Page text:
Frankenstein: Or, the Modern Prometheus

By Mary Wollstonecraft Shelley | Go to book overview

light. The labours of men of genius, however erroneously directed, scarcely ever fail in ultimately turning to the solid advantage of mankind." I listened to his statement, which was delivered without any presumption or affectation; and then added, that his lecture had removed my prejudices against modern chemists; I expressed myself in measured terms, with the modesty and deference due from a youth to his instructor, with- out letting escape (inexperience in life would have made me ashamed) any of the enthusiasm which stimulated my intended labours. I requested his advice concerning the books I ought to procure.

"I am happy," said M. Waldman, "to have gained a disciple; and if your application equals your ability, I have no doubt of your success. Chemistry is that branch of natural philosophy in which the greatest improvements have been and may be made: it is on that account that I have made it my peculiar study; but at the same time I have not neglected the other branches of science. A man would make but a very sorry chemist if he attended to that department of human knowledge alone. If your wish is to become really a man of science, and not merely a petty experimentalist, I should advise you to apply to every branch of natural philosophy, including mathematics."

He then took me into his laboratory, and explained to me the uses of his various machines; instructing me as to what I ought to procure, and promising me the use of his own when I should have advanced far enough in the science not to derange their mechanism. He also gave me the list of books which I had requested; and I took my leave.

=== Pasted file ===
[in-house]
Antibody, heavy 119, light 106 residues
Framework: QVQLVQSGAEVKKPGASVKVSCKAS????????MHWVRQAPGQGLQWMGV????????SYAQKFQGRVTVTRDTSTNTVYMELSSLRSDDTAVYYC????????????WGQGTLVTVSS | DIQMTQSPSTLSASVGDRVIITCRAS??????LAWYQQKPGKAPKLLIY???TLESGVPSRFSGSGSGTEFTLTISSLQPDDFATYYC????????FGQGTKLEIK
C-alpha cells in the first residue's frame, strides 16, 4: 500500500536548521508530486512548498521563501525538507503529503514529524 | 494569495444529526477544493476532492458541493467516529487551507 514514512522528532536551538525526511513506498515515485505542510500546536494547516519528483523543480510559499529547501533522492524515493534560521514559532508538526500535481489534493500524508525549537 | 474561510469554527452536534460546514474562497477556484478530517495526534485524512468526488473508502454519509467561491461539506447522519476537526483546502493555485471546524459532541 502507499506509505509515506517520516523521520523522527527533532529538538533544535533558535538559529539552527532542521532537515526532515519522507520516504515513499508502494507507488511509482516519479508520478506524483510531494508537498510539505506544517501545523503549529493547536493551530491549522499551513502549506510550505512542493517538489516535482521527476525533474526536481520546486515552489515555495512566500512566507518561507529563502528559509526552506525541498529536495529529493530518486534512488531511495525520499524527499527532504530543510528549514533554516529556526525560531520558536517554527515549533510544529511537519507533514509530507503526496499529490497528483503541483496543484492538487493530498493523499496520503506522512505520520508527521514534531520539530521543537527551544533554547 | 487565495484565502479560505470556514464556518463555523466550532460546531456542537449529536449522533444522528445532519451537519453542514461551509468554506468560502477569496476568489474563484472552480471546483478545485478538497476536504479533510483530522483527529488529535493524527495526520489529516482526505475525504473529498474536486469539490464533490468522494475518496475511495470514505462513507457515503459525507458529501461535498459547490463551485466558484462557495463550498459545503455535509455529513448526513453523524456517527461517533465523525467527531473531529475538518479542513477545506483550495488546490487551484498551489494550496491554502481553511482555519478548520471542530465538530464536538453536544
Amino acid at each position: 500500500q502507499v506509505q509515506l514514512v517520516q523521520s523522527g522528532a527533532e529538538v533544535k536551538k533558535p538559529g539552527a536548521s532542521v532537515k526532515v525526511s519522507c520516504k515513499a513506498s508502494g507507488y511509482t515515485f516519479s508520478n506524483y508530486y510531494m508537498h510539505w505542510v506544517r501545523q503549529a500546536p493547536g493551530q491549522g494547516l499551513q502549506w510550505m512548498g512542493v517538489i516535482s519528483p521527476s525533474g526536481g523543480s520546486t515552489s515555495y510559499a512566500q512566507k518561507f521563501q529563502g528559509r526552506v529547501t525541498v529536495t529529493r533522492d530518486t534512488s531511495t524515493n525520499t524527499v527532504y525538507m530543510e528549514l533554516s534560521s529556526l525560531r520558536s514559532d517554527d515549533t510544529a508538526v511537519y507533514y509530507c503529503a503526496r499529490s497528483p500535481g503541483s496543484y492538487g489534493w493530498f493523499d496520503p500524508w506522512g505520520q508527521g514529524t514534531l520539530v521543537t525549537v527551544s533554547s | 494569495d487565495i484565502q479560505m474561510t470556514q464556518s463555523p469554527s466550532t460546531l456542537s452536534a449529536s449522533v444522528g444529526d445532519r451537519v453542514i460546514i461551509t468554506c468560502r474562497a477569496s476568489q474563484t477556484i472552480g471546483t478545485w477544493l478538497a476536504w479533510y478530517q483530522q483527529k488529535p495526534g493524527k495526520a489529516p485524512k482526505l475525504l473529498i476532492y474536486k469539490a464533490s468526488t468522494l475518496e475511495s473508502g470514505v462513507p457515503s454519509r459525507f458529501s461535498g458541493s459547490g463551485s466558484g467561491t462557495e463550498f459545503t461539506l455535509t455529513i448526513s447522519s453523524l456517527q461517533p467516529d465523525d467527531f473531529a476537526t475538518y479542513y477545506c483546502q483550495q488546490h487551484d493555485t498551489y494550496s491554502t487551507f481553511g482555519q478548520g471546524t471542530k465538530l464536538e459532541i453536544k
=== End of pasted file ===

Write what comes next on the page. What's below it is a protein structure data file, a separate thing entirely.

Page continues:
Thus ended a day memorable to me: it decided my future destiny.


Chapter 4

FROM this day natural philosophy, and particularly chemistry, in the most comprehensive sense of the term, became nearly my sole occupation. I read with ardour those works, so full of genius and discrimination, which modern inquirers have written on these subjects. I attended the lectures, and cultivated the

-42-

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Frankenstein: Or, the Modern Prometheus
Table of contents

Table of contents

  • Title Page 3
  • Preface 5
  • Introduction- (to the 1831 Edition) 7
  • Letter 1 13
  • Letter 2 16
  • Letter 3 19
  • Letter 4 20
  • Chapter 1 27
  • Chapter 2 31
  • Chapter 3 36
  • Chapter 4 42
  • Chapter 5 48
  • Chapter 6 54
  • Chapter 7 60
  • Chapter 8 69
  • Chapter 9 76
  • Chapter 10 81
  • Chapter 11 87
  • Chapter 12 93
  • Chapter 13 98
  • Chapter 14 103
  • Chapter 15 108
  • Chapter 16 115
  • Chapter 17 122
  • Chapter 18 127
  • Chapter 19 134
  • Chapter 20 140
  • Chapter 21 148
  • Chapter 22 157
  • Chapter 23 165
  • Chapter 24 171
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